My birthday, is tomorrow. I don’t know about you, but I love birthdays. And I hate them. When it comes to my birthday I mourn that another year is gone and I am another step closer to being old and gray. If you were to have found me on my 20th birthday you would have found me relenting that “half of my good years are over!” (I know now that that is not entirely true).
If you were to have found me a week out from any given birthday in the last two years you would find me pestering my husband. “Did you buy my birthday present yet?” “What did you get me!!” “Do you have it hiding in your car!” I hate surprises. It also doesn’t help that the relationship I had before James I was completely spoiled and usually got my birthday presents a week early because of all my persistent asking. Then, feeling guilty, the guy would also buy me another birthday present on my birthday.
Fortunately for me, James is more stubborn than that, and I love him dearly for it. But I still hate surprises, I hate waiting. Good thing I really, really love presents.
Divisions. That is what we have been talking about. God has gifted us all differently and we are to rejoice in our gifts and the gifts of others.
I have always wanted to be an amazing athlete. Growing up in small town Minnesota, sports were everything. It also did not help when your dad is your high school’s coach for boy’s varsity basketball, girls varsity volleyball, and both golf teams. My older brother got an award for playing a sport every season for every year of high school. You can find him on the pictures of the basketball team, soccer team, cross country team, track team, and golf team. And yes, some of these seasons overlapped, and he still did them all. My sister was good as well. Being the shorty of the family we watched her play guard in basketball, setter in volleyball, and run relays in track. She is playing both volleyball and basketball now in college, finishing up her senior year.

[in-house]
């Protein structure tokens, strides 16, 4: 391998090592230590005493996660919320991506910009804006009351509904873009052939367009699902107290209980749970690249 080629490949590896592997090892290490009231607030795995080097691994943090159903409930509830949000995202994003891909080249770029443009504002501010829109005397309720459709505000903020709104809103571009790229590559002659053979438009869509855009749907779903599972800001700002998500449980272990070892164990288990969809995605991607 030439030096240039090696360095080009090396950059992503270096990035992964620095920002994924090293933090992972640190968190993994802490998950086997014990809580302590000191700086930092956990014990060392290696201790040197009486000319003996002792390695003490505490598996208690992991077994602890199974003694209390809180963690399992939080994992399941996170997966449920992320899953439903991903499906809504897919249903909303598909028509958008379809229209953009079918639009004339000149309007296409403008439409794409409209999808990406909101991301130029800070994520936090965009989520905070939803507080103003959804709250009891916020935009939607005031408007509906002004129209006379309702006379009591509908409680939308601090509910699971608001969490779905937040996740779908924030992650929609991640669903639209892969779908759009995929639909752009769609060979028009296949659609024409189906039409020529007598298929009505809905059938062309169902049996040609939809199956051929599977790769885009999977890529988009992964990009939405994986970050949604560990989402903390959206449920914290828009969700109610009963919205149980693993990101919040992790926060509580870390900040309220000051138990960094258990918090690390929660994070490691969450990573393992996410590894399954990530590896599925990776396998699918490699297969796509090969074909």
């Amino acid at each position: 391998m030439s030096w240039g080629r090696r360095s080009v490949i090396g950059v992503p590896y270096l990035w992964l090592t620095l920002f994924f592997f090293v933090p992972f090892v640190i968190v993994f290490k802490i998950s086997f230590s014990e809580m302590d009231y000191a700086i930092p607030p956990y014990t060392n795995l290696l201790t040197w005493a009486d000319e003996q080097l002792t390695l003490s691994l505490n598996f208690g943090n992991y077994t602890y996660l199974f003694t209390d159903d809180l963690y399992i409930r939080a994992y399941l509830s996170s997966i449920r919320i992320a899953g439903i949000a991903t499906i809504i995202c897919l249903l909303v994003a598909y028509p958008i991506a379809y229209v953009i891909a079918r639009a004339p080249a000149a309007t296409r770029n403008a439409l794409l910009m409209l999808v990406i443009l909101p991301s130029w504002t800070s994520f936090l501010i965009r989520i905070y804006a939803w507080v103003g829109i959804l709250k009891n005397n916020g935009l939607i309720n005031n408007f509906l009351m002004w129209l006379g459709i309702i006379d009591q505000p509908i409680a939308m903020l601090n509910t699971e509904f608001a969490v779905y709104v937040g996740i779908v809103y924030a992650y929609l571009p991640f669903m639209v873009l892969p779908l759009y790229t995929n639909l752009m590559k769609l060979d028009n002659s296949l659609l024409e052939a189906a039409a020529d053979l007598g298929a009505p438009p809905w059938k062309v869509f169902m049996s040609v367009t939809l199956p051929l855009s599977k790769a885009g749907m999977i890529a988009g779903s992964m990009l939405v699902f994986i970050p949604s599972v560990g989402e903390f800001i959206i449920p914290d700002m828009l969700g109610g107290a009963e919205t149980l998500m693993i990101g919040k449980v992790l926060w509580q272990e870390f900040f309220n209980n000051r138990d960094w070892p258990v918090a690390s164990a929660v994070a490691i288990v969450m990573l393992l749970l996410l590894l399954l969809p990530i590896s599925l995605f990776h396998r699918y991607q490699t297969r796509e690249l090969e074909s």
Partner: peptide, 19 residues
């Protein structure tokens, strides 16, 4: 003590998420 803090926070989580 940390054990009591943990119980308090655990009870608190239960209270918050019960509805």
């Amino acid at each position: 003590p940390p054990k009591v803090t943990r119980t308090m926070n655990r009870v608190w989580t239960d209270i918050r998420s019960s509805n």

The hardest decision I had to make in high school was not to try out for basketball my senior year. I was having issues with my coach (this one wasn’t my dad) and there was no way it was going to be a good season with all of this drama. I felt like I had let everyone down. I had had dreams of storming the court and being the star of the team. I wanted the crowd to cheer my name and for my amazing skills to inspire others.